Public panic

The bizarre scenes of Australians stripping supermarket shelves of toilet paper are a clear indication of community panicked over the coronavirus.
Police have been called to fights breaking out in the aisles as some shoppers become violent over the dwindling toilet paper supplies and, in at least one incident in NSW, police used a Taser to gain control over a particularly nasty confrontation.
Of course the panic buying of toilet paper – a product which does not offer any protection from the virus or assist in recovery – stems from fear.
The level of community concern has been quietly building since the virus was first detected in China late last year.
Since then its spread across the world has been relentless, with China reporting 80,000 cases and 3136 deaths, Korea 7500 cases and 54 deaths and Italy 9100 cases and 463 deaths. Australia is somewhat immune to the spread due to our geography and the quick work of the Federal Government in stopping people arriving from China.
Australia has reported fewer than 100 cases and three deaths.
Which makes last week’s outbreak of supermarket hysteria rather puzzling considering the low level of local infection.
Why did the panic buying start last Tuesday and why was toilet paper the target?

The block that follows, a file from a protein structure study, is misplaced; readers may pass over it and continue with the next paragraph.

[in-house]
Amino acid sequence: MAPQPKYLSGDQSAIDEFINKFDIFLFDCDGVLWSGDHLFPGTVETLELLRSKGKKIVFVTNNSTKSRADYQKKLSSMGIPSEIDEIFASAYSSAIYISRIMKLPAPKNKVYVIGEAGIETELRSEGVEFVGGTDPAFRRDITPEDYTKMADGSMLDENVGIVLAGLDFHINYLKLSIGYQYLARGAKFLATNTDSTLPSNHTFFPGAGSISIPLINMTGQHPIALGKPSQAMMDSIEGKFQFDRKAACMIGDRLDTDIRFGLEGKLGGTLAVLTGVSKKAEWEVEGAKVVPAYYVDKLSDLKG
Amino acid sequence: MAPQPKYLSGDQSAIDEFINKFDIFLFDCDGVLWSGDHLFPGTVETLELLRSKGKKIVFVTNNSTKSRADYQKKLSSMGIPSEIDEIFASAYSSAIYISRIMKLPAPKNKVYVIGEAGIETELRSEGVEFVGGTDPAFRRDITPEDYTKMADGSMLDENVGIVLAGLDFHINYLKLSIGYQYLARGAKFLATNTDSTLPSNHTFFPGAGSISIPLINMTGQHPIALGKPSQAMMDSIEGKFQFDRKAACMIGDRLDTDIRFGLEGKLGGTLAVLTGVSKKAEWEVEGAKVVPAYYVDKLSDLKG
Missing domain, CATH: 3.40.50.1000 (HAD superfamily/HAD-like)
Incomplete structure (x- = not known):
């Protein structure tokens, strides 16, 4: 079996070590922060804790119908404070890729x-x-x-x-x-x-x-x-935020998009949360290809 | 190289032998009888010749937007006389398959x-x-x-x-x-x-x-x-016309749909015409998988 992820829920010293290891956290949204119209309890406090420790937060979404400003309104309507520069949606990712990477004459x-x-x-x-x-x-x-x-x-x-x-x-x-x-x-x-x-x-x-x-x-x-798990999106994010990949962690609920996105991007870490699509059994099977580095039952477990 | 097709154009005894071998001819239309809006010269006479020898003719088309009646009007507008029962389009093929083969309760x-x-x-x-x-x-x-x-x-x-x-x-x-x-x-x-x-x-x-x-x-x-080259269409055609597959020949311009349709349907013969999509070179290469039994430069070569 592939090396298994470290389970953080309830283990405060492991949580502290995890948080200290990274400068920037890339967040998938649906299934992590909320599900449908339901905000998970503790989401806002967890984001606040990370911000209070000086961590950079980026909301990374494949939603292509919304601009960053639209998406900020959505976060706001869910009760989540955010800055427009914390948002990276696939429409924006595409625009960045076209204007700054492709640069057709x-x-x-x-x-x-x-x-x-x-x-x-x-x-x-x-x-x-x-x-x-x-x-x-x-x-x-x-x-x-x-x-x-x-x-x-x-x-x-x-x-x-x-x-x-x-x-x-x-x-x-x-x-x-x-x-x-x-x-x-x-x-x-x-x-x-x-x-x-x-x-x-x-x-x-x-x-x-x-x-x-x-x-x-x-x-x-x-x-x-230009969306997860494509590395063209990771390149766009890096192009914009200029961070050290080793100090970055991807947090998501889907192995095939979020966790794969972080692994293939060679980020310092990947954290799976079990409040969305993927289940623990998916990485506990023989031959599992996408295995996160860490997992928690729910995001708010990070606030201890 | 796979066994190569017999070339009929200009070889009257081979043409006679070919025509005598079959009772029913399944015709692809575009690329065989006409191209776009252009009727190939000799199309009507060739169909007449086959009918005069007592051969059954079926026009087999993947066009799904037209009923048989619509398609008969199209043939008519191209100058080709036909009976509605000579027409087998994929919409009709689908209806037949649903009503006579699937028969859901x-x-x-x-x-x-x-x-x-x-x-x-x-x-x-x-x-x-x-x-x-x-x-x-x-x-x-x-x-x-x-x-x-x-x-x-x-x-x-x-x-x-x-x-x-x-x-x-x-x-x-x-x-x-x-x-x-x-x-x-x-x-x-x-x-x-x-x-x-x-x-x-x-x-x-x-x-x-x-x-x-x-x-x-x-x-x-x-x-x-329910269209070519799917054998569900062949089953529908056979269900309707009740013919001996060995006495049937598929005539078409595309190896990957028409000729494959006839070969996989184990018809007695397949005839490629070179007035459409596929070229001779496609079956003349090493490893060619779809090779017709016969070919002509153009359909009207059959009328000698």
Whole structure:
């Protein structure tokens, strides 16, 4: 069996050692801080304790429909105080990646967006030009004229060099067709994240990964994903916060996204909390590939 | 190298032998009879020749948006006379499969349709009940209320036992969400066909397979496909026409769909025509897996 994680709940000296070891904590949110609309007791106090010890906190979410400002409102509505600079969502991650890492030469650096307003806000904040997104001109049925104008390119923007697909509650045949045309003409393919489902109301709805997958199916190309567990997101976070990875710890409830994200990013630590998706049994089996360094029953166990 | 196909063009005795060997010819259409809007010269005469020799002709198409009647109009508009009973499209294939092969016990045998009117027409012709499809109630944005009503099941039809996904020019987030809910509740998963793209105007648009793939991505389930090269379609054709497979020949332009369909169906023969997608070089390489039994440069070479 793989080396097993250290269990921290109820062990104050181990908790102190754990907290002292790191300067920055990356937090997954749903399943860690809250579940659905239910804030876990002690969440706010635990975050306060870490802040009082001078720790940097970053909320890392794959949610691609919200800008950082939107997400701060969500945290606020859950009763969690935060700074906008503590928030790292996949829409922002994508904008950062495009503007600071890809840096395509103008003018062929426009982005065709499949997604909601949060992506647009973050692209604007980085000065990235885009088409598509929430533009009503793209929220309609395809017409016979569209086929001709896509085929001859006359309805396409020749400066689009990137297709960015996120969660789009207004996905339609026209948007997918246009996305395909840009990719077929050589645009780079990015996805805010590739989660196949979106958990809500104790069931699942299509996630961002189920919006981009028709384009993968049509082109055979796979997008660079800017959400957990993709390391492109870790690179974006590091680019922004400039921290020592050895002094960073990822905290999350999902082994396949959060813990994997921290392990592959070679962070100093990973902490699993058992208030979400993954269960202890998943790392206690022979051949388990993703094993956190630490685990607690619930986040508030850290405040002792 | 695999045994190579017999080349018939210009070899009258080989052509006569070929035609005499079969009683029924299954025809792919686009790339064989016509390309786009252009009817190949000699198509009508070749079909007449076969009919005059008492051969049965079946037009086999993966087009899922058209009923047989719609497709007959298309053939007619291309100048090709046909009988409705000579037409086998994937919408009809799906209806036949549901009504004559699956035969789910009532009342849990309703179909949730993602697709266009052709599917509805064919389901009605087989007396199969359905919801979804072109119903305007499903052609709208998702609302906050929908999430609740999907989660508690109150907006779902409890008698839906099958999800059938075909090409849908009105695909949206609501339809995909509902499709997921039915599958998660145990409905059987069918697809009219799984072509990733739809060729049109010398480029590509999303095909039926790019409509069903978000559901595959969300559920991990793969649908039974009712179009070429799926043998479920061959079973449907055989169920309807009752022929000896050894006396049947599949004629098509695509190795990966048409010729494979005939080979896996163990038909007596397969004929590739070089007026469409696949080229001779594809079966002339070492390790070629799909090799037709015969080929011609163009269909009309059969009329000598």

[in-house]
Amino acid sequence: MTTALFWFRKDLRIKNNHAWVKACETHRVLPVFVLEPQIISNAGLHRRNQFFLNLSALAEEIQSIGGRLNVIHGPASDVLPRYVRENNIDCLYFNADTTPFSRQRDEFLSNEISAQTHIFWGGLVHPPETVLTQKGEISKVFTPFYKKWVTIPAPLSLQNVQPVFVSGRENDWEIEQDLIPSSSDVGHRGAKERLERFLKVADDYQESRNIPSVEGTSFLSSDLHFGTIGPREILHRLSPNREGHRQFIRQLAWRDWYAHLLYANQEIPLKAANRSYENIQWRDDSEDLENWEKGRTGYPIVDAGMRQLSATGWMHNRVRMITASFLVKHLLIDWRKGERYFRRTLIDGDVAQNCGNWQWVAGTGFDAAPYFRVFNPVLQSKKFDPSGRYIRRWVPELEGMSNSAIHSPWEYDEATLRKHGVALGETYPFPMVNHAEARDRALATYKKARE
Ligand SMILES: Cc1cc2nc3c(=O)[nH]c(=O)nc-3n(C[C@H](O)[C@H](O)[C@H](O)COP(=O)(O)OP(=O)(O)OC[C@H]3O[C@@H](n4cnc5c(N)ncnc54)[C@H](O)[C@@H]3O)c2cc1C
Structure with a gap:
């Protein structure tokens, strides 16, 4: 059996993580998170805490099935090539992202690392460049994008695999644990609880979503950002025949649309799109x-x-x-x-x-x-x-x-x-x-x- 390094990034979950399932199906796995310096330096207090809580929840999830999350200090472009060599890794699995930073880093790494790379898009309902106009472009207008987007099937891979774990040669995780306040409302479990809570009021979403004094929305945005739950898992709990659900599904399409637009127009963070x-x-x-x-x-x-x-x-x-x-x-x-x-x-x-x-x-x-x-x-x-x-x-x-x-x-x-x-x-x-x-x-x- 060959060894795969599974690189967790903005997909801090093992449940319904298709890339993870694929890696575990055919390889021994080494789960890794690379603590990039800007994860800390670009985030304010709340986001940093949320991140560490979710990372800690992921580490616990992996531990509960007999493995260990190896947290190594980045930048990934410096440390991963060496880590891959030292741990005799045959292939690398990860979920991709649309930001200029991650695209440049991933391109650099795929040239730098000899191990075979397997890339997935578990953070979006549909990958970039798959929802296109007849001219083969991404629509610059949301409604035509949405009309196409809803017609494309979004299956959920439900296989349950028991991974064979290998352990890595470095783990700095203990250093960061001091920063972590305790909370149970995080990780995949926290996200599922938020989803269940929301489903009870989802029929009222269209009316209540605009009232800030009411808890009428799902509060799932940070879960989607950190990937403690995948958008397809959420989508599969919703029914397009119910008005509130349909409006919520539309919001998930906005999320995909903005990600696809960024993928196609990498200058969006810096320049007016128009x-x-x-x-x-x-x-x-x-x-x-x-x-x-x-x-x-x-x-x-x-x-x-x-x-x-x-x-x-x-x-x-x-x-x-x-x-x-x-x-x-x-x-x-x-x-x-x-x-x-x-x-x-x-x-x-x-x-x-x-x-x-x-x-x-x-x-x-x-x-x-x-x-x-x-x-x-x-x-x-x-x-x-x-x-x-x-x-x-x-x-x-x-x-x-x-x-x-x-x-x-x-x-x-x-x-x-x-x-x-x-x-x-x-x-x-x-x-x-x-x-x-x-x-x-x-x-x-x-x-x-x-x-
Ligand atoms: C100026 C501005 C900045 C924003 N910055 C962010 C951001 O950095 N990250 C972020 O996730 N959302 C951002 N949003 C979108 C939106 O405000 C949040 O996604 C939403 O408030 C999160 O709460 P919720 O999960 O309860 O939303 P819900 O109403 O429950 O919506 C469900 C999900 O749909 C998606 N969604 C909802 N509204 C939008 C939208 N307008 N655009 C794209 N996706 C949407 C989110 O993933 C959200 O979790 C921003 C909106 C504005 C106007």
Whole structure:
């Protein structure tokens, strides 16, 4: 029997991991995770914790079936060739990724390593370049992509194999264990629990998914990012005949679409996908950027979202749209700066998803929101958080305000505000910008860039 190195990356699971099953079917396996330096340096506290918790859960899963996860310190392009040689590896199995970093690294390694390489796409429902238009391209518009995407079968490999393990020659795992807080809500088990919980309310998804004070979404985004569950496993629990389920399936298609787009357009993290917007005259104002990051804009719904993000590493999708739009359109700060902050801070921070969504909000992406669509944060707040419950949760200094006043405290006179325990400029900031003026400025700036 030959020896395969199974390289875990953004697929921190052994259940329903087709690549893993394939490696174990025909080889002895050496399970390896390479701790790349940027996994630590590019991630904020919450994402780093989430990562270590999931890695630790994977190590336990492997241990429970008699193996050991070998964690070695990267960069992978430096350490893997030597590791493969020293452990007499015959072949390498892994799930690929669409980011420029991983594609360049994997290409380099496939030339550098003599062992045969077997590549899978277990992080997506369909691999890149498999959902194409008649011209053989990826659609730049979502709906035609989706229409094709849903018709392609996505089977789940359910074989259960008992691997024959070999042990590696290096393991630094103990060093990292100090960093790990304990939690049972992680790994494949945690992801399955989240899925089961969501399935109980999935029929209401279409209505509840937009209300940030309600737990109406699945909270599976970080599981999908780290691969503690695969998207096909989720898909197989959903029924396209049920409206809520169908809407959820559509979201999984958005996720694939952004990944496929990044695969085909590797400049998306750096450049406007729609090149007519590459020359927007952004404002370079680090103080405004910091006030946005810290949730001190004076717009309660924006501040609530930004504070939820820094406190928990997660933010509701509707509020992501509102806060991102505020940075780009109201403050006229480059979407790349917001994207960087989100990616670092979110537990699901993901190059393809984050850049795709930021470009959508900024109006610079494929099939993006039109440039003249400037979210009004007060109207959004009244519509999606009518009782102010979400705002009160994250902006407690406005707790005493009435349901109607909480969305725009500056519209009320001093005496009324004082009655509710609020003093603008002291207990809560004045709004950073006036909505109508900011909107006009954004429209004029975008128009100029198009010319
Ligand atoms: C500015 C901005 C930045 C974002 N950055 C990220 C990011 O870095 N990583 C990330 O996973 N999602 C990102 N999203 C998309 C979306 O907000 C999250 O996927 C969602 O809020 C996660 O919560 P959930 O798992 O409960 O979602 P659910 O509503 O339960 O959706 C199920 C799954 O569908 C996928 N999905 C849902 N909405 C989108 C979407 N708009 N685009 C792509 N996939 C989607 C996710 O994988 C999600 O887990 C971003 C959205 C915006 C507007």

For two months the global financial markets maintained their optimism throughout the developing crisis but last week they also took fright and share prices began to tumble before entering freefall.
Oil prices have now crashed as the world appears to be entering both a supply shortage (factories forced to close in China and therefore not exporting) and a demand shortage as consumers lose confidence and those not forced by governments into isolation choose to rein in their spending and ride out the storm.
The outbreak in Italy appears to have been some sort of tipping point as 60 million across the entire country are effectively locked down.
Talk of banning mass gatherings, sport being played in empty stadiums and a cloud hanging over the Olympic Games in Japan in July have sent shockwaves across the world which have rattled millions.
Just how much impact this virus will have in Australia is largely unknown, but the only certainty is that having a garage full of toilet paper will not help one bit.